If you work in a large, global organization, especially within the European Union, you will likely be required to communicate and work alongside colleagues in different regions. Multilingual employees have the ability to communicate effectively across international borders, making them prime candidates for promotion over their monolingual colleagues.
Companies who operate internationally have to interact with people in many different countries, who may not speak the same languages as them. Language training is obviously beneficial in these situations, but should it be mandatory?
Brexit has occupied the front pages of both European and International publications. The entire world is watching expenctantly to see if the project of a common Europe will crumble under the unexpected decision of 52% of the British population. At the moment, the exit of the UK from the EU seems very likely to become a reality.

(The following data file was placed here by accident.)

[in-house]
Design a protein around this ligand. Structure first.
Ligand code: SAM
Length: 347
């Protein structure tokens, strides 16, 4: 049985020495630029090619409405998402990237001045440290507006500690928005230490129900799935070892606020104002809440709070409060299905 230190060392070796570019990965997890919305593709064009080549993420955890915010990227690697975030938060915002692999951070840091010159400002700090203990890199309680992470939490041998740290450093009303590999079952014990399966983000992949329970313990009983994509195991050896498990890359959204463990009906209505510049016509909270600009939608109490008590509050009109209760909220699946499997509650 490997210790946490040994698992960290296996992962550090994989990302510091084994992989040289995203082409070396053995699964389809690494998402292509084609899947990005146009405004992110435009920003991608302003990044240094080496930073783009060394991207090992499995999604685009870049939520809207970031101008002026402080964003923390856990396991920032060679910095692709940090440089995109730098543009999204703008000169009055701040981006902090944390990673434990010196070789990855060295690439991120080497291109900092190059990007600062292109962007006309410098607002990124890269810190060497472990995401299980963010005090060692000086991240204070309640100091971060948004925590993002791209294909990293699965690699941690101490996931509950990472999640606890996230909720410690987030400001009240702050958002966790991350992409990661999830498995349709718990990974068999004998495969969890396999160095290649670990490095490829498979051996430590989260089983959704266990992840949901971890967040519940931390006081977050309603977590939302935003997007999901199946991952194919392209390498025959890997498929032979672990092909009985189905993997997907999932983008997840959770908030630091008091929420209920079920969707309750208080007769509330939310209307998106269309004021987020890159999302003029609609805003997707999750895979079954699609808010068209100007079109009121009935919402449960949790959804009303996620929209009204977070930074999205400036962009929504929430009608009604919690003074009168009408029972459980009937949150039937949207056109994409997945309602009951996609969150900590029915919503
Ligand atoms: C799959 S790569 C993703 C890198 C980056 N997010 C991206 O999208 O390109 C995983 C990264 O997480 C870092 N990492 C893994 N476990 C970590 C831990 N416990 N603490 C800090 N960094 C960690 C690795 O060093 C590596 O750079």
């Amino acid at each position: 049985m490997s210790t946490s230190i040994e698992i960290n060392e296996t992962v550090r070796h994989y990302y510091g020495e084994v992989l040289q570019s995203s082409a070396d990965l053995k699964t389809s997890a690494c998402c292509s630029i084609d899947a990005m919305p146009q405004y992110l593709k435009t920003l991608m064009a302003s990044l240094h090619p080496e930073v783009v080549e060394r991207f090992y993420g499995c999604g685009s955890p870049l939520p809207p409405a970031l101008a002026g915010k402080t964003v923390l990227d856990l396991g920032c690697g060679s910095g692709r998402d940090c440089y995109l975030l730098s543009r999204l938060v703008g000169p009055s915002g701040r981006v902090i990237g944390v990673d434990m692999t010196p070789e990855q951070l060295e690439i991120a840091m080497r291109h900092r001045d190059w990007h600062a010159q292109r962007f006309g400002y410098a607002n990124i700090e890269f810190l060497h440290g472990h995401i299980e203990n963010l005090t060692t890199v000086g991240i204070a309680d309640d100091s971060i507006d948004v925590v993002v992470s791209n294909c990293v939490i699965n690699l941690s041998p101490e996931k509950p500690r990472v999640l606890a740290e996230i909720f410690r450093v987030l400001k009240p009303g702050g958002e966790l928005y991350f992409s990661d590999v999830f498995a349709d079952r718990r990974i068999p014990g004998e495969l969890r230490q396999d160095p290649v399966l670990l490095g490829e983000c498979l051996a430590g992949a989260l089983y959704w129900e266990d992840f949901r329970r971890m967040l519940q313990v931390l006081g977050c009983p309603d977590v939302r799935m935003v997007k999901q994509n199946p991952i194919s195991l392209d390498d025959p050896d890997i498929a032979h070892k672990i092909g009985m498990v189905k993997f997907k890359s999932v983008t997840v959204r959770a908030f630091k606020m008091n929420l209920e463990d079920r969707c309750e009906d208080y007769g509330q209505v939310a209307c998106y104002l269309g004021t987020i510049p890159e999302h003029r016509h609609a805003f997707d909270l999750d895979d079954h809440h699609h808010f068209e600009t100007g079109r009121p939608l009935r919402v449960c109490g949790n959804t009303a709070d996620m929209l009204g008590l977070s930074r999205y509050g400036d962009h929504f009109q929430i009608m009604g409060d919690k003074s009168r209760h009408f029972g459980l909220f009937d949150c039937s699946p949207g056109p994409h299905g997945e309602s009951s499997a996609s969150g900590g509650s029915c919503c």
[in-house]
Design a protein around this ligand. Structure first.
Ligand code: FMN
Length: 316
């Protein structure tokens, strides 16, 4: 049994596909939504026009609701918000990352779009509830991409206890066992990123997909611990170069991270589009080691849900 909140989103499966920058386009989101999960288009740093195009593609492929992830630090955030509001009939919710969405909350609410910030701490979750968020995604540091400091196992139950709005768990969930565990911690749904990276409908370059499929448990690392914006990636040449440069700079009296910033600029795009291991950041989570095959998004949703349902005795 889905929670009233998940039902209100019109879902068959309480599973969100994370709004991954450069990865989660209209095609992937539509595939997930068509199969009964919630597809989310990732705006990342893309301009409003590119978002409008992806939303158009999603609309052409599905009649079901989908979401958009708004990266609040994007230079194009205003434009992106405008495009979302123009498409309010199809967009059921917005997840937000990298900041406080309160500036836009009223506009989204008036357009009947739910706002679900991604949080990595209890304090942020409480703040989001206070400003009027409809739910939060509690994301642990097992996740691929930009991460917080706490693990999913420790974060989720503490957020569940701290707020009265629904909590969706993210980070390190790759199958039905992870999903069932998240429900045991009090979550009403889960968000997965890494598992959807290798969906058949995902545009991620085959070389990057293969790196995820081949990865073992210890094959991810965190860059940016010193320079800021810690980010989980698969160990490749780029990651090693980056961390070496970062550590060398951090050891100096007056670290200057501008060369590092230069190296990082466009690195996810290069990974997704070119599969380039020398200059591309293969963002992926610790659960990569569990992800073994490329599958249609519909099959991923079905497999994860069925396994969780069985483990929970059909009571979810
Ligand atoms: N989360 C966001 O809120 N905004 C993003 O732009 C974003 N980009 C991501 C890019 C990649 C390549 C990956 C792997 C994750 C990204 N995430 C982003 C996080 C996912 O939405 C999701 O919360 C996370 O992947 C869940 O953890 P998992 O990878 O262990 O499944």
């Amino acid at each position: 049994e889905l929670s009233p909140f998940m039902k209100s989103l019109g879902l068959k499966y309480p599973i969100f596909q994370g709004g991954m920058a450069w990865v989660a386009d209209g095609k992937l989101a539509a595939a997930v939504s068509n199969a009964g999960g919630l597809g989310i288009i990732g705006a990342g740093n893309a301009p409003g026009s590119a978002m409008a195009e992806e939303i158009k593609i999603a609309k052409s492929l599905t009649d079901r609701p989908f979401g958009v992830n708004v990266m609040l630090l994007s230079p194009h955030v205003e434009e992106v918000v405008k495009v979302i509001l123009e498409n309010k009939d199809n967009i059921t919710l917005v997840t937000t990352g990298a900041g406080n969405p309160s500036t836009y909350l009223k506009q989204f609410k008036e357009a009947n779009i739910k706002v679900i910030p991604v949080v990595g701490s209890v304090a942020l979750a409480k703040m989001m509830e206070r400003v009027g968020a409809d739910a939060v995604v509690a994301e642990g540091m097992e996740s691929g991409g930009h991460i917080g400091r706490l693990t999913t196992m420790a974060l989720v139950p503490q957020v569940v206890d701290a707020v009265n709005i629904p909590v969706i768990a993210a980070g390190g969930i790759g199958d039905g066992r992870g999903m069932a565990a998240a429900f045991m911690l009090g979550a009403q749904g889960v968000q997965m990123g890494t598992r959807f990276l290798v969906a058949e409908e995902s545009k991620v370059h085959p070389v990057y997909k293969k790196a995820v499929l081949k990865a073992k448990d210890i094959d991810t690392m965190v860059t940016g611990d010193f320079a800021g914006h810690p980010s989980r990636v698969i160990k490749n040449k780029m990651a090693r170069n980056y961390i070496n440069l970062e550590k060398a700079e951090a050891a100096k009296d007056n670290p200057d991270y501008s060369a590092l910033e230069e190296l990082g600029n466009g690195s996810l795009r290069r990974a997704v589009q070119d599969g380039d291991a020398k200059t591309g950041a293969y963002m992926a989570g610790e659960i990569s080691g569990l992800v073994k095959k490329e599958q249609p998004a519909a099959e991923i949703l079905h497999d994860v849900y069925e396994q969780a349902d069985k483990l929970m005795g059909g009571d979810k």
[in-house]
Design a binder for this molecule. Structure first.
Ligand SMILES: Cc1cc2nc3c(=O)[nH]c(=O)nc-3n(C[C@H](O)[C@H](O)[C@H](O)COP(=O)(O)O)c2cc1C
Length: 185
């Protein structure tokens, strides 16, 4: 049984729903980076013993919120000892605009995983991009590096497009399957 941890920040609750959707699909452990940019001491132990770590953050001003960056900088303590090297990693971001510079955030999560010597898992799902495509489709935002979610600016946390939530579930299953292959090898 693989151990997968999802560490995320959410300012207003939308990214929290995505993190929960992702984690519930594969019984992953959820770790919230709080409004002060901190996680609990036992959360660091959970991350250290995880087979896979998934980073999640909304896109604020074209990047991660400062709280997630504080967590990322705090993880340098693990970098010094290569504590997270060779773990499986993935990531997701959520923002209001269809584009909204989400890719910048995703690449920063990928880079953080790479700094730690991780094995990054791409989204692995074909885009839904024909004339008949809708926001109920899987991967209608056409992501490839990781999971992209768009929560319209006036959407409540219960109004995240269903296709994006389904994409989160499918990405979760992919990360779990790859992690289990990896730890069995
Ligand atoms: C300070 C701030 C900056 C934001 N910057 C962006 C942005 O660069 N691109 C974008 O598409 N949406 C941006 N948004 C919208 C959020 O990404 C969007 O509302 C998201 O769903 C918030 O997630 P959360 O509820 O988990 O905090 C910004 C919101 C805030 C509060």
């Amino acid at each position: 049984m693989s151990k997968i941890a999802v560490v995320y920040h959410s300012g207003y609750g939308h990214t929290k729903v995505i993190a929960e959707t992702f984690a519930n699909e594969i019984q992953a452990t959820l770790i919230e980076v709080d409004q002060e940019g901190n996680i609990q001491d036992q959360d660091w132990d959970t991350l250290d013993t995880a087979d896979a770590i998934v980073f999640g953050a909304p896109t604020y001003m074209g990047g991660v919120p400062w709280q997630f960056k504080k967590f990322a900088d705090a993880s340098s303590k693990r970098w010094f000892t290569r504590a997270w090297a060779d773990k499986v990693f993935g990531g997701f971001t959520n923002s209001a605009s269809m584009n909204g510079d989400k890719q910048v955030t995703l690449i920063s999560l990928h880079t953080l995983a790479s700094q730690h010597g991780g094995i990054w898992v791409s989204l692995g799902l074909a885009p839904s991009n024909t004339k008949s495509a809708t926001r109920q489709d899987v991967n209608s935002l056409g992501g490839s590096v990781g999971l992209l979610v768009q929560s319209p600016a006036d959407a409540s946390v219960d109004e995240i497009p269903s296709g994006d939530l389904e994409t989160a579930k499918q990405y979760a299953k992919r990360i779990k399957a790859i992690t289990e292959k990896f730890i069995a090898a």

Like other multinational organizations, NGOs working in multiple countries face a major challenge to their productivity and success: the language gap between staff in various national offices. Take ChildFund for instance, which works to support vulnerable children worldwide: “English is the great unifying language of our business,” says Leslie Crudele, ChildFund’s International HR Business Partner. “We have staff around the world that are n on-native English speakers, and they’re asked to use English in their business communications.”
Communication as your Competitive Advantage Savvy organizations know that business agility needs to be driven from the ground up and that better communication removes language silos in a multinational and speeds up the time required to achieve a competitive advantage and drive results. [...]